3. Transfer it into my bottling bucket now, then back into the carboy it just came out of (after remvoing the trub/yeast and sanitizing), thus possibly leaving too much yeast behind from doing an extra transfer, that when it comes time to prime in the bottles, there is not enough yeast? Also might cause excessive oxygenation from transferring twice? Although I suppose if i did it that way, when it came time to bottle, i would bottle directly out of the carboy instead of transferring it to a bottling bucket, so in the end it would be transferred the same number of times as usual...Any reason not to do it this way?
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Old 12-17-2007, 05:03 AM   #5
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The yeast in #3 shouldn't be an issue. It will only be in the bucket a few minutes and you shouldn't have much settle out in the time it takes to clean and resanitize your carboy. I'd be much more concerned about oxygenating it. One question. Why would you not bottle from your bottling bucket just because you used the bottling bucket as a temporary holding tank while you cleaned and santized your carboy? It seems to me bottling directly from the secondary defeats much of the purpose of doing a secondary since you'll be stirring all that sediment back up when you add priming sugar.
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Old 12-17-2007, 05:10 AM   #6
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Quote:
Originally Posted by IowaStateFan
The yeast in #3 shouldn't be an issue. It will only be in the bucket a few minutes and you shouldn't have much settle out in the time it takes to clean and resanitize your carboy. I'd be much more concerned about oxygenating it. One question. Why would you not bottle from your bottling bucket just because you used the bottling bucket as a temporary holding tank while you cleaned and santized your carboy? It seems to me bottling directly from the secondary defeats much of the purpose of doing a secondary since you'll be stirring all that sediment back up when you add priming sugar.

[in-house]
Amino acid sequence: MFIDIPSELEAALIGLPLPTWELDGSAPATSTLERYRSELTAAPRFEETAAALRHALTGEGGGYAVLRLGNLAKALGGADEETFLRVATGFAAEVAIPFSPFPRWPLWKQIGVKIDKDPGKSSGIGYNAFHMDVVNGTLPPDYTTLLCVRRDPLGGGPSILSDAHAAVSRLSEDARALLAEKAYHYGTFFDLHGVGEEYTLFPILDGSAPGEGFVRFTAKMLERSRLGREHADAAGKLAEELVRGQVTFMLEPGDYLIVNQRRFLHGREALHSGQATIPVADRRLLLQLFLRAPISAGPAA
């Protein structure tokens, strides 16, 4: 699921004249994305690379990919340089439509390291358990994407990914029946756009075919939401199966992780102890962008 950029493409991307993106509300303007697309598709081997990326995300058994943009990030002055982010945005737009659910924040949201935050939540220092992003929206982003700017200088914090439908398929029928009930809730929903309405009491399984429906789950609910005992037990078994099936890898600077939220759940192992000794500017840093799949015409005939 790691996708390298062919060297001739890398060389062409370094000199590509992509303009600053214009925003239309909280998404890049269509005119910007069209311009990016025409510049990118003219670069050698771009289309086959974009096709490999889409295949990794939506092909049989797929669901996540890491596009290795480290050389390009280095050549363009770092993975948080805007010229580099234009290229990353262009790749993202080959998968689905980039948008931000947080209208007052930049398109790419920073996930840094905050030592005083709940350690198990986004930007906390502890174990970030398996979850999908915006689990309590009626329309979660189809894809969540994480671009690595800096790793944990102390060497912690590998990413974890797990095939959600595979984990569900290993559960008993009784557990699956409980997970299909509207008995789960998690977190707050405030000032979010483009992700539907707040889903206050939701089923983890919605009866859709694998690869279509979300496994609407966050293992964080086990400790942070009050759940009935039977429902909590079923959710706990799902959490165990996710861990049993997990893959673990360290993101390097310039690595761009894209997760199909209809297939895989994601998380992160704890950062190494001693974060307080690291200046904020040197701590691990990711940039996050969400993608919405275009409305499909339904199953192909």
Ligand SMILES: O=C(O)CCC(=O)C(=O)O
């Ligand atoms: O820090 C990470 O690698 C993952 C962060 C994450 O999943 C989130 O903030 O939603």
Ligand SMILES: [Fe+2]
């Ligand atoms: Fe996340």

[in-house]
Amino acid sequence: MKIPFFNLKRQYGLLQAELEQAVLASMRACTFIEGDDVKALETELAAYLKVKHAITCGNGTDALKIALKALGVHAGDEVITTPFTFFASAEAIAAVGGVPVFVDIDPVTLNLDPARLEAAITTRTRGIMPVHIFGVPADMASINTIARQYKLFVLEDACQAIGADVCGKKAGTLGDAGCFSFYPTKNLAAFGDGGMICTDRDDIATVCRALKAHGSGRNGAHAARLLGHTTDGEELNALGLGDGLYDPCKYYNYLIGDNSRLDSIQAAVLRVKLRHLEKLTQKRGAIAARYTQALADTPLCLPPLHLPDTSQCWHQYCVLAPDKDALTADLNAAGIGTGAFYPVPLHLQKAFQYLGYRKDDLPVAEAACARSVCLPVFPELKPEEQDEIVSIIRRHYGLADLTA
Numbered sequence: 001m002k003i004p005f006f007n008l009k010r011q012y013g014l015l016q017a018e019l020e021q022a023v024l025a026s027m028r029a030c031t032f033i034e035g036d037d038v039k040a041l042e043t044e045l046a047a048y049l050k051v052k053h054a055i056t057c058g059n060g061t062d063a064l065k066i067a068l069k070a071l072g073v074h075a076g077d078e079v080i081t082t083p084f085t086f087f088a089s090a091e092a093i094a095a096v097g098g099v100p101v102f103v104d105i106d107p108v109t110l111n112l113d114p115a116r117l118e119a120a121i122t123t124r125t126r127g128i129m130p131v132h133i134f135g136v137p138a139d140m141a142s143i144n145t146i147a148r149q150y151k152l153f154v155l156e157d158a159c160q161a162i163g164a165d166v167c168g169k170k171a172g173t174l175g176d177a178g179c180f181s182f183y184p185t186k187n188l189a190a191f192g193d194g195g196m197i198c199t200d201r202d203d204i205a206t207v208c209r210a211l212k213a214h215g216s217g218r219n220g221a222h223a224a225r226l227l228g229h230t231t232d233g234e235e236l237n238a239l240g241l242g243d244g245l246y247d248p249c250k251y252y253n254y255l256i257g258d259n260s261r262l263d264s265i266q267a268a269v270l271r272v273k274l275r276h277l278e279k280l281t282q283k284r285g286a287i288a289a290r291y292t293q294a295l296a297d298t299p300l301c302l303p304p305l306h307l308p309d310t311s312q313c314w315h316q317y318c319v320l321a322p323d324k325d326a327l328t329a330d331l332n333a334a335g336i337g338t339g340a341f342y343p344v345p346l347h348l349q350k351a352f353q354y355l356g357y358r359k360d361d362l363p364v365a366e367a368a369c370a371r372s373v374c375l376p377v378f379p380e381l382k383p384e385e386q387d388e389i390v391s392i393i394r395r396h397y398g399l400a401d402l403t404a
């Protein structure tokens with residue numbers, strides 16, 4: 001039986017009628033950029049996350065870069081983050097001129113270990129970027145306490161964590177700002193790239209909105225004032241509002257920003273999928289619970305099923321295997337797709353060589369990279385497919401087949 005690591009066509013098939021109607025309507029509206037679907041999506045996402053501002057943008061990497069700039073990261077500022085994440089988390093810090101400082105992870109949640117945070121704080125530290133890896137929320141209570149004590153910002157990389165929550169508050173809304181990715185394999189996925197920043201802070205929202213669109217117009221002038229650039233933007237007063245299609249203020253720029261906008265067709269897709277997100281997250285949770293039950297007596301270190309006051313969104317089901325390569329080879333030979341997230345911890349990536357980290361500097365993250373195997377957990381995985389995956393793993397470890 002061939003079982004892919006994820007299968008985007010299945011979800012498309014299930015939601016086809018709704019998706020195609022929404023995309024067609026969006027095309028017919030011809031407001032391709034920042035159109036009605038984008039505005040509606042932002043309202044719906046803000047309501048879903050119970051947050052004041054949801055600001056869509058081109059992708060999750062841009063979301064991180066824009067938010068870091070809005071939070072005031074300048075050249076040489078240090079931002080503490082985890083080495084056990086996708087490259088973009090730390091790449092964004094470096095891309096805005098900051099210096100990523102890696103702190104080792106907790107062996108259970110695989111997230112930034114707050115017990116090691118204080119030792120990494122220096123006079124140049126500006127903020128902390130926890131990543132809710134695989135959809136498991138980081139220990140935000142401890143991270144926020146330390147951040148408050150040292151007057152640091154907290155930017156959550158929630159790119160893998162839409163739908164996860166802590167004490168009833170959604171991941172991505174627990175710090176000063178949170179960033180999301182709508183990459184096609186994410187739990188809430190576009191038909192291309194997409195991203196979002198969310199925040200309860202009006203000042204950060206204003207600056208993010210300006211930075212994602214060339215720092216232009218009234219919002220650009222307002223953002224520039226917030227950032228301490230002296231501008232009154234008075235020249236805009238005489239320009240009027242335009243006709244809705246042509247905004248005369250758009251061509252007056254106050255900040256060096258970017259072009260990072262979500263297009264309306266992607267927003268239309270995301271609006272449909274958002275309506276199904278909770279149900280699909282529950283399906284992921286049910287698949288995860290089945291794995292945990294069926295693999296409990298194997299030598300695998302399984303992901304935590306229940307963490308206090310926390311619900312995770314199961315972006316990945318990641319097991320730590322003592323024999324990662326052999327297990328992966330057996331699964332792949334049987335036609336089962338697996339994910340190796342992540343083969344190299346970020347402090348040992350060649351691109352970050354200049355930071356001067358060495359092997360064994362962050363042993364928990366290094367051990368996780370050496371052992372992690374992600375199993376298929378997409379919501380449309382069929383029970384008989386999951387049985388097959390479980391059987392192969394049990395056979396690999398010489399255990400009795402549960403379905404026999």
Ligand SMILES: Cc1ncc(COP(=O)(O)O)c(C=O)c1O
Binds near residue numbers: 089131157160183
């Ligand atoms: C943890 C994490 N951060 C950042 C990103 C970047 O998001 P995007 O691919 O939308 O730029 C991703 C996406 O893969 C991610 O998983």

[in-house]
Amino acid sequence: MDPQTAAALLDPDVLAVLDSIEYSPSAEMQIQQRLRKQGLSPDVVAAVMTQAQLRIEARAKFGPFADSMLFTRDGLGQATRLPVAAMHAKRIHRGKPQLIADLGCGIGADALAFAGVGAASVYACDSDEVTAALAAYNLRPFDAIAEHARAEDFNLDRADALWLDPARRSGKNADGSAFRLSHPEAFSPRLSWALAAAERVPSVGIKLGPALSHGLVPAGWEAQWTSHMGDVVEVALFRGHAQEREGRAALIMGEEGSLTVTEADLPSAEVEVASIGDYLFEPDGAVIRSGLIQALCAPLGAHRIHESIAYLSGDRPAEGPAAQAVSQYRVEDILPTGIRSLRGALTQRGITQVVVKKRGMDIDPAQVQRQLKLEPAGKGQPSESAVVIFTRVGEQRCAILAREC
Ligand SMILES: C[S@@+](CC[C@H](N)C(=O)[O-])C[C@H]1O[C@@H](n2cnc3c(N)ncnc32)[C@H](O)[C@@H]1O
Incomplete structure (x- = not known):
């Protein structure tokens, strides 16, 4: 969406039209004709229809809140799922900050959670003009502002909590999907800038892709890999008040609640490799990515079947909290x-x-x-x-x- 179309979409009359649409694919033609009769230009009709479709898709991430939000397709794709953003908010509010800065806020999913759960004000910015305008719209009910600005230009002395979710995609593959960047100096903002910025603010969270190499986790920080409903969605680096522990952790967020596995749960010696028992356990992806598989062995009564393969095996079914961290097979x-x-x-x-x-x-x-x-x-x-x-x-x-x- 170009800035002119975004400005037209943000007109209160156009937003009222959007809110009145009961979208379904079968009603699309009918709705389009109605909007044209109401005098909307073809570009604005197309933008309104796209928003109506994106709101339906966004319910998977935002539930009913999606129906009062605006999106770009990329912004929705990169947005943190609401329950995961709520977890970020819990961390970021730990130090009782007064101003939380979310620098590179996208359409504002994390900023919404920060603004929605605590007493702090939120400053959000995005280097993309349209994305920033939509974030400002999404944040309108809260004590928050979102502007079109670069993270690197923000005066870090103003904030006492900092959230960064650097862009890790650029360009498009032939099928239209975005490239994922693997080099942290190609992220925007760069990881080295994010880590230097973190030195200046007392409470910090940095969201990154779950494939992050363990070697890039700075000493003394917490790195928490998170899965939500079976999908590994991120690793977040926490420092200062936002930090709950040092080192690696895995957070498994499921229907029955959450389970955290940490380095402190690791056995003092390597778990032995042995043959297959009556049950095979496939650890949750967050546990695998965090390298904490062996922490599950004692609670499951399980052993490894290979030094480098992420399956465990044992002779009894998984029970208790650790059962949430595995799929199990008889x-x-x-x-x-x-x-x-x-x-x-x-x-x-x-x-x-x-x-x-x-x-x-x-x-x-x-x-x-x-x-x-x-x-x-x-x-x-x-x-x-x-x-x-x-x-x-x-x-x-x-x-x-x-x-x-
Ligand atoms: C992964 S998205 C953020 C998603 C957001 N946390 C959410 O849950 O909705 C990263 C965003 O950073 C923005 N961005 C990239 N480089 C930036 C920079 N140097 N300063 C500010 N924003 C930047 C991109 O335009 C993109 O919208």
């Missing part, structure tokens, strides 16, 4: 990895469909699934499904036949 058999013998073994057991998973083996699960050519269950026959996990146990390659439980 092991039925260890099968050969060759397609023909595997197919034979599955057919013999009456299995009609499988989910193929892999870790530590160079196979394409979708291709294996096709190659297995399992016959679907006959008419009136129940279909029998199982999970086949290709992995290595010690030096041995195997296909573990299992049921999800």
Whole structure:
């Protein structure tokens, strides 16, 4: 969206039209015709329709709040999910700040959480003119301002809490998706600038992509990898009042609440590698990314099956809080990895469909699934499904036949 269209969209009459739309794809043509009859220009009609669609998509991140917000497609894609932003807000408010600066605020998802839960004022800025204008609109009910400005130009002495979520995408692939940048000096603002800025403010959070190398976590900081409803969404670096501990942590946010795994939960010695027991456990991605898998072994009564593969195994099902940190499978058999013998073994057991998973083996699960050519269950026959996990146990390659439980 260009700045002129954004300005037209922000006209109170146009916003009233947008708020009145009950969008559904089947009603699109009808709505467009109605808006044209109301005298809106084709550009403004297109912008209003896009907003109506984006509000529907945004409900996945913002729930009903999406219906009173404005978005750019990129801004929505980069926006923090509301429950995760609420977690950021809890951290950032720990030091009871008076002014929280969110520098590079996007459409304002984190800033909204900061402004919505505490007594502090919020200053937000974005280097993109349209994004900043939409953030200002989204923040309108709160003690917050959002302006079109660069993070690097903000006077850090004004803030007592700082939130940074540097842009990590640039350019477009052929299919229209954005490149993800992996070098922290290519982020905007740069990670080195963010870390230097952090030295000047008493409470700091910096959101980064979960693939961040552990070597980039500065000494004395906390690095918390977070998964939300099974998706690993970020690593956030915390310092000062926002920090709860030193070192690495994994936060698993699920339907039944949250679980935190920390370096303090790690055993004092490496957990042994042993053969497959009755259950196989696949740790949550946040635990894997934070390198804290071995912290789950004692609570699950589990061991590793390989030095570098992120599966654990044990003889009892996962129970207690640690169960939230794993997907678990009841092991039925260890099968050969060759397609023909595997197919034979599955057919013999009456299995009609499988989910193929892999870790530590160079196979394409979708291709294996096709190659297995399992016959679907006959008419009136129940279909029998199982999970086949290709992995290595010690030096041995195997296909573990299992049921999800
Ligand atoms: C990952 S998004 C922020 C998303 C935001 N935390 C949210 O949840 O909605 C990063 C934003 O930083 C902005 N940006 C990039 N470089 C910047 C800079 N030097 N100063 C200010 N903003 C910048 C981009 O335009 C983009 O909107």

The reason i mentioned skipping the bottling bucket is because i already would have had 1 more transfer than usual....so i was thinking i would leave much more yeast behind than usual. I see what you mean though about it not having settled out by doing it right away, so the loss would be lessened. So i guess then by transfetting 1 extra time, the only real issue is oxygenation from the extra transfer? So would that still be better than option 1 or 2?
Since it is not a cellarable beer, it would all be drunk within a few weeks anyway, so would the extra oxygenation from extra transfer step even matter much?
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Old 12-17-2007, 05:27 PM   #7
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my 1st choice would be bottling, closely followed by lagering on the yeast. I wouldn't move the beer between vessels unless it is really necessary and I don't think it is.

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Old 12-17-2007, 05:34 PM   #8
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Transferring shouldn't introduce oxygen if you do it right. To me that shouldn't be a factor.
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Old 12-17-2007, 06:05 PM   #9
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I agree with everyone's comments so far, but how about buying another carboy? Is that out of the question right now?

How about borrowing one from another brewer close-by?? Is that possible??